For those of us who think that personal responsibility is the best way to defeat coronavirus without crushing the economy, the Swedish model has become a go-to talking point.
Sweden didn’t shut everything down when the virus hit. There were no stay-at-home orders. Instead, Swedish authorities trusted their people to make correct decisions about what to do and how to socially distance.
The success of this is debatable (President Donald Trump isn’t a fan, saying they’re “paying heavily” for the decision not to lock down) and some of what makes Sweden’s path doable is cultural, meaning it’s not entirely applicable here.
And there’s also the fact that not all Swedish officials are onboard with this laissez-faire thinking.
Take officials in the city of Lund, a university town with a population of around 91,000. It’s a short 20-minute drive from Malmö and also home to a major Walpurgis Night celebration. That’s a night of revelry that was originally supposed to be about the canonization of Saint Walburga, although it’s become something a bit more secular these days.
“At midnight, the official start of spring is heralded by setting off fireworks, dancing and playing loud music — all said to drive the witches and winter spirits away,” Germany’s The Local reported in 2014. “But not for long, exactly six months later the spooks will return for the start of winter on All Hallow’s Eve.
“Nowadays Walpurgisnacht has also become an excuse for causing mayhem.”
Anyway, one way to ward off coronavirus-related “mayhem” in Lund was apparently to spread 2,200 pounds of taxpayer-funded chicken manure in the city’s central park in order to stop people from gathering when Walpurgis Night happened on Thursday.
Mayor Philip Sandberg told a Swedish outlet it would “not be a pleasant experience … to sit in a park that stinks of chicken manure. But it will be good for the lawns, as chicken manure contains a lot of phosphorus and nitrogen, so we’ll get a really nice park for the summer.”
“Lund could very well become an epicenter for the spread of the coronavirus on the last night in April, [so] I think it was a good initiative,” Gustav Lundblad, chairman of the city council’s environment committee, added, according to the U.K. Guardian.
“We get the opportunity to fertilize the lawns, and at the same time it will stink and so it may not be so nice to sit and drink beer in the park,” Lundblad said.
Lund couldn’t actually ban the festival because of coronavirus concerns, given that it’s a spontaneous happening. While they have a ban in place on gatherings of 50 or more people, this was their solution — which Lundblad admitted might have a slight drawback.
“I am not a fertilizer expert, but as I understand it, it is clear that it might smell a bit outside the park as well,” Lundblad said.
“These are chicken droppings, after all. I cannot guarantee that the rest of the city will be odorless. But the point is to keep people out of the city park.”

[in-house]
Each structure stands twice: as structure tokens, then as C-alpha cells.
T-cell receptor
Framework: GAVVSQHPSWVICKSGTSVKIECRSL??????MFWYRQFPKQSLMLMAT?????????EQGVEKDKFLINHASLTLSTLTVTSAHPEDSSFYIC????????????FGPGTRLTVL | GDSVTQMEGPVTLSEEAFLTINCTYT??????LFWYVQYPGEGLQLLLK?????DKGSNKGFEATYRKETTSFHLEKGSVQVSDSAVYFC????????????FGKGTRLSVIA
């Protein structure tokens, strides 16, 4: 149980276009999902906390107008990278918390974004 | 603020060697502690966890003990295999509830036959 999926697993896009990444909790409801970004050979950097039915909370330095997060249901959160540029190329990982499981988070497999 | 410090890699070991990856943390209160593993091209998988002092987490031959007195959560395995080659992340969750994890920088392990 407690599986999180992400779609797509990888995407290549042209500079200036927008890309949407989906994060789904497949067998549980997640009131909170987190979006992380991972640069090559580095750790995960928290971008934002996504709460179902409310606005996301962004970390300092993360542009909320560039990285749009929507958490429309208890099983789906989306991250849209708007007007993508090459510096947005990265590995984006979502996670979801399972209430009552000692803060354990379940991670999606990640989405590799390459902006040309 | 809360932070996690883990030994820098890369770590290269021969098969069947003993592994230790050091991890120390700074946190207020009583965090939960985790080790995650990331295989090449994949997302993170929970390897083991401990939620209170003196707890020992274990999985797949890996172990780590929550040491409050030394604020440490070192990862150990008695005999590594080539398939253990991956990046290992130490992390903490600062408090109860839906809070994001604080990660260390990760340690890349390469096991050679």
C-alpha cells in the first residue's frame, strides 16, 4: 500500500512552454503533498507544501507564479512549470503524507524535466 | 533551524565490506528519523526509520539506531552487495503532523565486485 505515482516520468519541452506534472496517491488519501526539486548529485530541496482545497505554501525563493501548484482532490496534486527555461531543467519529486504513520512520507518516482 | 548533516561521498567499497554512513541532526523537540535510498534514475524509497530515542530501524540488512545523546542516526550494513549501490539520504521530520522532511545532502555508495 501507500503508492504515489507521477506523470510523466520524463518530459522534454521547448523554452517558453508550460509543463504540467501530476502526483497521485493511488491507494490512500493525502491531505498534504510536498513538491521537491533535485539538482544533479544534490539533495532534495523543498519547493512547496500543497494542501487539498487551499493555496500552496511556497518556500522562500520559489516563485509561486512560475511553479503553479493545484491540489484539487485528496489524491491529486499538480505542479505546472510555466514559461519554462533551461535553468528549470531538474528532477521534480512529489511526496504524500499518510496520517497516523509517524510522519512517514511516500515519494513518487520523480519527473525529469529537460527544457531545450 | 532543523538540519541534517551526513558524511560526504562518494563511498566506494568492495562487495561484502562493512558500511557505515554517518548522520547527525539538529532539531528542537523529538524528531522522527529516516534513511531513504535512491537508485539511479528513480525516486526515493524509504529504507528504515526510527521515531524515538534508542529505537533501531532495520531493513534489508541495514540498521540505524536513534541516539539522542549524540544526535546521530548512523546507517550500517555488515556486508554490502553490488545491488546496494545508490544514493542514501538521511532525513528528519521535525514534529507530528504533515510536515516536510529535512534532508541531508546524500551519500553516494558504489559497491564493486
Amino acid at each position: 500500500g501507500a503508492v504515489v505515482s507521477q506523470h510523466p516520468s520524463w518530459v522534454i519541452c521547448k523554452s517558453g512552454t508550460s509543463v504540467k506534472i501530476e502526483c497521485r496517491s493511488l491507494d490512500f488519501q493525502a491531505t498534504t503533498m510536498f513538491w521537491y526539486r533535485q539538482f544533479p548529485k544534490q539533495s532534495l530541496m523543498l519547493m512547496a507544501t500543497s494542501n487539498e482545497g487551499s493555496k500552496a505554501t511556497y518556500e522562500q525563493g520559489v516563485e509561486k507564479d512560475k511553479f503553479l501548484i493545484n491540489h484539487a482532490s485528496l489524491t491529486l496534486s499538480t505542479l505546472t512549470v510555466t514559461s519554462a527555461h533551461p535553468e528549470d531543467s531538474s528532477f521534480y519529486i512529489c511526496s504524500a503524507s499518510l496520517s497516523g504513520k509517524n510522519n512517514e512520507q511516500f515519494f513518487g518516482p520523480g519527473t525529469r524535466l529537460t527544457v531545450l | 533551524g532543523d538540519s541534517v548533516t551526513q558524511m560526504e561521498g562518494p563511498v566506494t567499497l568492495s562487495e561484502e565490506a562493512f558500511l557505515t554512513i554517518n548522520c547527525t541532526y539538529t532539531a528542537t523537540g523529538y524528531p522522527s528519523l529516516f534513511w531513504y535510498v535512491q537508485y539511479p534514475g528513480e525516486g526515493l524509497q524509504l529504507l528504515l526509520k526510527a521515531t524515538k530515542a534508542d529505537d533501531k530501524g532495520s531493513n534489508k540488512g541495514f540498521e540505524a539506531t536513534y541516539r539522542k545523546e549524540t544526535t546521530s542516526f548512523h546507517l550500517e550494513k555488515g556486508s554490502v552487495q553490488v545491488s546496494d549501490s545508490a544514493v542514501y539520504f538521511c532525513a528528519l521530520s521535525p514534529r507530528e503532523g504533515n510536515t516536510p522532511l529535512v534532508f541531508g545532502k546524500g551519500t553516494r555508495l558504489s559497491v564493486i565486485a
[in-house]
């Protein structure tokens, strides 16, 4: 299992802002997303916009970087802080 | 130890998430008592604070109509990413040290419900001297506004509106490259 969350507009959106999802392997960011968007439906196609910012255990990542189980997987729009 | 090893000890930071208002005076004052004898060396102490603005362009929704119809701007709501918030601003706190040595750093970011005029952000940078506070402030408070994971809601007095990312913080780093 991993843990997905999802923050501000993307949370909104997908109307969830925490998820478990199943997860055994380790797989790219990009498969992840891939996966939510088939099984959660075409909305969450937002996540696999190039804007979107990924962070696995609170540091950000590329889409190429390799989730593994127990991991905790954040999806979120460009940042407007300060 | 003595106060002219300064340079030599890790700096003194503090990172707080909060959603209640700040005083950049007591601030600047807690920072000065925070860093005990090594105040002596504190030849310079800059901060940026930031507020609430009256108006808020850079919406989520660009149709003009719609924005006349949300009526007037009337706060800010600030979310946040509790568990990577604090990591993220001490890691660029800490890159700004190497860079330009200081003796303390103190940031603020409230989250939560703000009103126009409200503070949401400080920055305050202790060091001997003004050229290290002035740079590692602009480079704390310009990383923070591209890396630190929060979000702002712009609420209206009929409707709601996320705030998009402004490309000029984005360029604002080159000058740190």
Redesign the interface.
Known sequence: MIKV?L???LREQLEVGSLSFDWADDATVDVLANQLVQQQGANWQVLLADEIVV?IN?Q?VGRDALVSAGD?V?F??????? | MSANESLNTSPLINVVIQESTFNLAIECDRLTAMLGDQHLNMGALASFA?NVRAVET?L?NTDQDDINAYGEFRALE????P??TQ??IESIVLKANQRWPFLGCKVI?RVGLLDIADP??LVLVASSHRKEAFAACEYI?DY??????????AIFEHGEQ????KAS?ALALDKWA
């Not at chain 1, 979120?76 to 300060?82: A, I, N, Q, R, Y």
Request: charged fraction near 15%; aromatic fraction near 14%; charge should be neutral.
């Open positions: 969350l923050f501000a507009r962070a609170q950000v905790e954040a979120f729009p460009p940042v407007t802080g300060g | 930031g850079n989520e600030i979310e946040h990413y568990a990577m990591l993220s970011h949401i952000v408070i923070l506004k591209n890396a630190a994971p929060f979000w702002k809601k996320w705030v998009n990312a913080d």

And I’m sure people around the park are going to stay in their domiciles when those domiciles reek of bird feces.
It would not be a pleasant experience to sit in an apartment that stinks of chicken manure the same way that it would not be a pleasant experience to sit in a park that stinks of chicken manure. Good work.
Anyway, here’s a video of a worker spreading the fertilizer:
There aren’t any reports out of Sweden describing Walpurgis Night revelers defying the smell and starting bonfires amid the bird poop — or meeting elsewhere, for that matter, so I guess you could say it worked. The problem is that no one could have predicted whether or not this gathering would have happened in the first place.
Sweden, as previously mentioned, has bans on gatherings of more than 50 people.
I’d love to hear if there were cost-benefit analyses done by the council as to whether or not putting police or chicken droppings in the park was more cost-effective. I’d also love to hear if anyone noted that the number of people celebrating Walpurgis Night in the midst of a pandemic is probably low enough that this could have been dealt with literally any other way.
I’m not an expert here, but maybe someone could have brought up the fact that Lund is a relatively large city and people could find ways to meet elsewhere.
Maybe someone could have mentioned that most people were probably going to celebrate this in smaller groups this year — if they celebrated it at all.
There’s even the argument that spreading chicken manure in a park people still use is creating a health hazard in order to forestall another health hazard that may not have happened.
But then, I’m not a resident of Lund. I don’t celebrate Walpurgis Night or socialize with anyone who does. I hope you guys made the right decision. Enjoy the smell.
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